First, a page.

'It's my fault' - Dog owner blames himself for attack on seven-year-old

By Tess Nichol, Olivia Carville

The owner of a dog who attacked a young boy in south Auckland on Saturday says he blames himself for what happened and is so "shattered" by the incident he hasn't been able to bring himself to visit the boy in hospital.

Darnell Minarapa-Brown was pinned down and attacked by his uncle's dog in Takanini on Saturday, needing more than 100 facial stitches.

The 7-year-old also had a metal plate inserted into his fractured nose and cheek and may never regain movement in his upper lip after being mauled by the pitbull.

Henare Carroll, the dog's owner, said he had not been to see his nephew yet because he was worried if he did he would break down in tears.

"I'm just feeling really shattered, because it's my fault," he told the Herald.

However, he had heard Darnell was doing well from his own son and daughter, who were with the little boy in hospital.

Mr Carroll said he was given the option to surrender the dog, 3-year-old pitbull Caesar, and did so without a second thought.

"After [the attack] I didn't think I would be able to go on with that dog."

Caesar is being held at the Manukau animal shelter while Auckland Council investigates the attack.

"There will be a meeting to determine the next steps tomorrow," a council spokesman said.

After surrendering the dog to the pound Mr Carroll said he expected it would be euthanased, although he would not be told when.

He wanted the dog to be put down, he said.

Darnell was rushed to Middlemore Hospital and came out of surgery around 2am yesterday morning.

It's still unknown what sparked Caesar's attack.

The pitbull was usually locked away when children were around, said Darnell's mother, Virginia Minarapa.

The attack occurred in the garage after Darnell jumped on the bed to play Playstation, giving Caesar a fright.

He had just been dropped off by his mother, who was reversing out of the driveway when the dog started mauling Darnell.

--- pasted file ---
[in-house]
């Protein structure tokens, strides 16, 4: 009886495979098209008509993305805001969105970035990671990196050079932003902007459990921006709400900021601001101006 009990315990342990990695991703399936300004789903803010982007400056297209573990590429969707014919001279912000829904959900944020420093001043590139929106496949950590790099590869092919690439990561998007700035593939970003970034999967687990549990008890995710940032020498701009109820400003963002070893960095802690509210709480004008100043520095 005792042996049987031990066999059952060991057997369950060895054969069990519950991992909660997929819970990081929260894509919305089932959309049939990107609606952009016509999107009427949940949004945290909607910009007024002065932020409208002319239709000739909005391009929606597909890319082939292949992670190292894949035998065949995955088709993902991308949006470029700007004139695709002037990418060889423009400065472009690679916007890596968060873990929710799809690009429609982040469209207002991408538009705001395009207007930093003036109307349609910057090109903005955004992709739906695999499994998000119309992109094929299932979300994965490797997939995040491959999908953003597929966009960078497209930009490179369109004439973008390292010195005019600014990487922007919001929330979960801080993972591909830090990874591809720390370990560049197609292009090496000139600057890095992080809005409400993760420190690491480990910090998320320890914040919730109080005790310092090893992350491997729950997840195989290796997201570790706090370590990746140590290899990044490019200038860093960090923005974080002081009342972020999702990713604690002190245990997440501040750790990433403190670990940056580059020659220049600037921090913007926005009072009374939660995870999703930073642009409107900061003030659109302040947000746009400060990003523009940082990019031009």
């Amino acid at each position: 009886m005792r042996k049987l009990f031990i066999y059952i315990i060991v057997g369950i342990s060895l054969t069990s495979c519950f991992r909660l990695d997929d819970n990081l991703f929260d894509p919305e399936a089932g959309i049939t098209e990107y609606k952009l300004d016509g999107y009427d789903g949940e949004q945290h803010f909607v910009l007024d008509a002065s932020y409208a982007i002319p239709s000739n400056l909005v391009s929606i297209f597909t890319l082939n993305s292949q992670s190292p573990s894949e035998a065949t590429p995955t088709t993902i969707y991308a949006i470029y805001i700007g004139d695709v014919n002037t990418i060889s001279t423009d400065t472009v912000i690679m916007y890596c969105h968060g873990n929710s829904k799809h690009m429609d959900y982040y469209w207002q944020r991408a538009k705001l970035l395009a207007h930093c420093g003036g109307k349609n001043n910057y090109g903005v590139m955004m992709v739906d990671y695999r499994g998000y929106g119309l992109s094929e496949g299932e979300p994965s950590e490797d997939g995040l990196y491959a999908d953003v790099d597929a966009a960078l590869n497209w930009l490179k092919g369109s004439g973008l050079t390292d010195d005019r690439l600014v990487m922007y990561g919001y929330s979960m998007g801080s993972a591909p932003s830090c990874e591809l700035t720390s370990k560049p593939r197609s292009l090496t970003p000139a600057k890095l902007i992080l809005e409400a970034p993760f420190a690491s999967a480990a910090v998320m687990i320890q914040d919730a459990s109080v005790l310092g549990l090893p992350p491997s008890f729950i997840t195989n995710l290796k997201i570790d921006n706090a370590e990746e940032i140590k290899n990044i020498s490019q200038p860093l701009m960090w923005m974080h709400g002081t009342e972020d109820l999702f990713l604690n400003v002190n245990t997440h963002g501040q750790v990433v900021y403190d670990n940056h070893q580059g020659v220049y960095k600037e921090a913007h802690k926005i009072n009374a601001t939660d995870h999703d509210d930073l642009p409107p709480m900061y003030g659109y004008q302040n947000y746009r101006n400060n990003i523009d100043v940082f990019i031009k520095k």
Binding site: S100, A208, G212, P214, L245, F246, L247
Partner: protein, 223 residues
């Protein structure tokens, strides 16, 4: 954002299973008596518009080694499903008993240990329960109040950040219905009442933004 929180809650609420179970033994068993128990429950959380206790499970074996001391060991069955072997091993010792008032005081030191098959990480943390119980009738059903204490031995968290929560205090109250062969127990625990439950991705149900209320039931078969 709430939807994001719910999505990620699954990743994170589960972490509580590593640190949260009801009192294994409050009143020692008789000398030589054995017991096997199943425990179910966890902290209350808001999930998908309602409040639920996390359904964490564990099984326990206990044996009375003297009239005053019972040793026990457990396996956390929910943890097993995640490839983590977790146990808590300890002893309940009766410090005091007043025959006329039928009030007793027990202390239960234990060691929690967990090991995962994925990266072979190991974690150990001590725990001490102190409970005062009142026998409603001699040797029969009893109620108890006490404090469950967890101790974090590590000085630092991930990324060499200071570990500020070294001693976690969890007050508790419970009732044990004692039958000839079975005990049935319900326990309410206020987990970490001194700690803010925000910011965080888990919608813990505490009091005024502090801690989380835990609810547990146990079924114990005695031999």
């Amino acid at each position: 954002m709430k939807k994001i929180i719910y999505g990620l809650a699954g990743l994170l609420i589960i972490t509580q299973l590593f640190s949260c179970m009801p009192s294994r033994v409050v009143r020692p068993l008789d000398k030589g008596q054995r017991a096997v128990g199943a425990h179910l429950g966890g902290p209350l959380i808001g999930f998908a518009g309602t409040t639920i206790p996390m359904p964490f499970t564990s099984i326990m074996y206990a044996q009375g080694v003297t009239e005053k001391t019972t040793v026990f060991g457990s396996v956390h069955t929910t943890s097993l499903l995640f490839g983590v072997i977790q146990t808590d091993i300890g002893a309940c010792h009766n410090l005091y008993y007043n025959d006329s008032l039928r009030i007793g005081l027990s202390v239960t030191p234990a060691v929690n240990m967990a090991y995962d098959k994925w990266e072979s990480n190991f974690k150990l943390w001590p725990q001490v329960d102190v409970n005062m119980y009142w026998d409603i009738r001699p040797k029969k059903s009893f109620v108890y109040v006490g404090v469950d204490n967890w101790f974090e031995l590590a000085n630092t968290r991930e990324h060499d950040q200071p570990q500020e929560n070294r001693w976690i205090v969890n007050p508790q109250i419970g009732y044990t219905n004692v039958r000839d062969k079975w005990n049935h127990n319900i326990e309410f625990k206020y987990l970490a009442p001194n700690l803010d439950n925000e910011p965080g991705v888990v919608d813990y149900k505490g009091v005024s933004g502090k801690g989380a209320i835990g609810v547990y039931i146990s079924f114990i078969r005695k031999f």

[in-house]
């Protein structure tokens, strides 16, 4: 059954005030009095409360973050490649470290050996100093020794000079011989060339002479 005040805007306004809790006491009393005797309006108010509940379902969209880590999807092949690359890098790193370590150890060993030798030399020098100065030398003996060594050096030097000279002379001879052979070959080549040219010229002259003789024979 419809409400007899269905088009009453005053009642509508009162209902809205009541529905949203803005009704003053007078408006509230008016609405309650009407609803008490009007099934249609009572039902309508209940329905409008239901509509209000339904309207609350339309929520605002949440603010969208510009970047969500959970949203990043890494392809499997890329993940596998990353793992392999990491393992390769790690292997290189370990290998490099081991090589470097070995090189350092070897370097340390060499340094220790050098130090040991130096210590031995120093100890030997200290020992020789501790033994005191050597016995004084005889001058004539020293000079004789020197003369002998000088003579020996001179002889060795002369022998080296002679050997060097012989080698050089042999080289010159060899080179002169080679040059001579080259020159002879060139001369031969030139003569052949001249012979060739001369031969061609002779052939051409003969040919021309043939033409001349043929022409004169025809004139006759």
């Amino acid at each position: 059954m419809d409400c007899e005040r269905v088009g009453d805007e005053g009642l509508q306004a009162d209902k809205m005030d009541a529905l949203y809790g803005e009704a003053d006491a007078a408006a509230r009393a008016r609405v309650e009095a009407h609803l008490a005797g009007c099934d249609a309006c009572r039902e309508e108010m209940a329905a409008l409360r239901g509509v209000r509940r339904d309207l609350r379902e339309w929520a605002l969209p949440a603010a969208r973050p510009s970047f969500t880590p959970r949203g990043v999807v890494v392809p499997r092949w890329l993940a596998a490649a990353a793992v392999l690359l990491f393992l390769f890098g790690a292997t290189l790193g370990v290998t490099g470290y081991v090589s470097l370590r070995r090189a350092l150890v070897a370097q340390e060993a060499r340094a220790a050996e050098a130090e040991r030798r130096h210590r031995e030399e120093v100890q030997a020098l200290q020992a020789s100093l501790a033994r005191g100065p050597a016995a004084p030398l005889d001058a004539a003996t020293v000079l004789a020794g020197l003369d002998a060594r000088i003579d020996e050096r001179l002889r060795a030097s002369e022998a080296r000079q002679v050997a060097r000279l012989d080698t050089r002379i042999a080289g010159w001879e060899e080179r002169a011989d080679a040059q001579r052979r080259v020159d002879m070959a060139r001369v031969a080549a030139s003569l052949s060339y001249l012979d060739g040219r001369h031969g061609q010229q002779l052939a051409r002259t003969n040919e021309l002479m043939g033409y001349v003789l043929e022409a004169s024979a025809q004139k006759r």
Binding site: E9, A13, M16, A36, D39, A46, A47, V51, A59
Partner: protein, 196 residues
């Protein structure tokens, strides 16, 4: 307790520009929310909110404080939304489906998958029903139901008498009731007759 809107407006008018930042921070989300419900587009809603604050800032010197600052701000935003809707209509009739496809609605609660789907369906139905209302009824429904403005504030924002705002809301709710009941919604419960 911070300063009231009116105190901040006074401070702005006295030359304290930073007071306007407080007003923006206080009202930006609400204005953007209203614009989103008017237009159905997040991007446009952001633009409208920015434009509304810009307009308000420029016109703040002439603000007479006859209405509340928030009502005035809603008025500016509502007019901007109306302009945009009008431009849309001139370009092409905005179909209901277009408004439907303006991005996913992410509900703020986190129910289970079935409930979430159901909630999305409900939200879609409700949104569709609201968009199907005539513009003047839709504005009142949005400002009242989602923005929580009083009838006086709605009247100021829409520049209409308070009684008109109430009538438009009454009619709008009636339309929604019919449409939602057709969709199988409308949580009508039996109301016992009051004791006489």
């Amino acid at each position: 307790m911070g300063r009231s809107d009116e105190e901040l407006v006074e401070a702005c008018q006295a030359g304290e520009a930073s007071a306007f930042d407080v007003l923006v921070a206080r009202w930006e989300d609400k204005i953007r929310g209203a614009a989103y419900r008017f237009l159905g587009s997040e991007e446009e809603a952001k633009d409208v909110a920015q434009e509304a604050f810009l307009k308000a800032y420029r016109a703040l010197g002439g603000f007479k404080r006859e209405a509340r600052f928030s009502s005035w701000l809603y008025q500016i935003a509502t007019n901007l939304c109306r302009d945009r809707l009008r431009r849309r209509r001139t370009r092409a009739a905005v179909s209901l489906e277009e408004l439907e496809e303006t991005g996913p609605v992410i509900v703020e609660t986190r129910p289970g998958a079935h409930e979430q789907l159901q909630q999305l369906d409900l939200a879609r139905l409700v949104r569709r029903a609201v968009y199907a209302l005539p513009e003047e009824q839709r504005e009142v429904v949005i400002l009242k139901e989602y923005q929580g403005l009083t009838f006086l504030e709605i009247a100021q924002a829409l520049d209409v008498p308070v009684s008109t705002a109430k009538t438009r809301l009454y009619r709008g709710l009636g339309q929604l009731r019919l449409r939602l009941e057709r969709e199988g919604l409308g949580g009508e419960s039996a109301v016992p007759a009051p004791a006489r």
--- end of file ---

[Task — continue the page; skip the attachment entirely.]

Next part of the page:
"I was in the driveway [when it happened]. Everybody was crying, screaming, panicking and upset. Only one person saw it happen," Ms Minarapa said.

Blood stains are visible on the floor in the garage where the attack took place.

The Herald understands the attack occurred on a Housing New Zealand (HNZ) property.

HNZ spokesman Glenn Conway said the agency was working with police to establish what happened in yesterday's attack.

"We cannot comment further until we have all the facts," he said.

Meanwhile, the incident has prompted the New Zealand Association of Plastic Surgeons to call for education, licensing enforcement and even ban breeding of dogs deemed dangerous.

"Plastic surgeons are seeing these injuries around twice a week, the latest a major one in south Auckland," said association president Dr Sally Langley in a statement.

"These children suffer pain and severe physical and psychological trauma. It is a very difficult time for their families. Many need multiple operations and suffer permanent and severe scarring."

According to two studies presented by New Zealand medical professionals last year, hospital admissions for people with dog-bite injuries average two a day.

Data also shows that over the last 10 years, more than a third of these were children, mostly with facial injuries and the number of cases per year continues to rise.

More than half are to the face and this correlates with the age of the patient - children more commonly have facial injuries because they are closer to the ground.

Plastic surgeons have called for education for parents, care-givers and dog-owners about the care of children around dogs, a review of the licensing of dogs and enforcement licensing and of penalties, and an investigation into the banning of certain dangerous dog breeds.

A study published in August found 99,000 dog bites had been recorded nationally in the decade to 2014 - with more than 5800 requiring hospital treatment.

Incident rates increased from 10.5 attacks per 100,000 people to 14.3 over the 10-year period.

More than 2500 charges were made under the Dog Control Act in the past five financial years. Just over 350 dog destruction orders were granted in that time.

Recent dog attacks:

Dec 1 2015 - A woman is attacked by three Irish wolfhounds while delivering mail in Dunedin. The attack was so vicious the woman recalled thinking she was going to die.

March 4 - A woman is attacked by two dogs on a South Auckland property. She was taken to hospital in a moderate condition.

March 10 - Blockhouse Bay Intermediate School went into lockdown after a teacher was attacked by two vicious dogs on school grounds.

March 28 - A 10-year-old Waiuku boy has his face badly bitten by his best friend's family dog. The dog was immediately put down.

April 5 - The grandfather of a 6-year-old boy mauled by a dog pleads guilty to a charge of being the owner of a dog which caused injury. His dog attacked the Tauranga man's grandson in October last year while his grandson was trying to feed the dog.

April 6 - Christchurch police shoot and kill a dog during a property search after it starts attacking a police dog.

April 8 - Darnell Minarapa-Brown, 8, is attacked by his uncle's dog, receiving nine facial puncture wounds which require surgery. He may never regain feeling in his top lip due to the injury caused.

- Herald on Sunday

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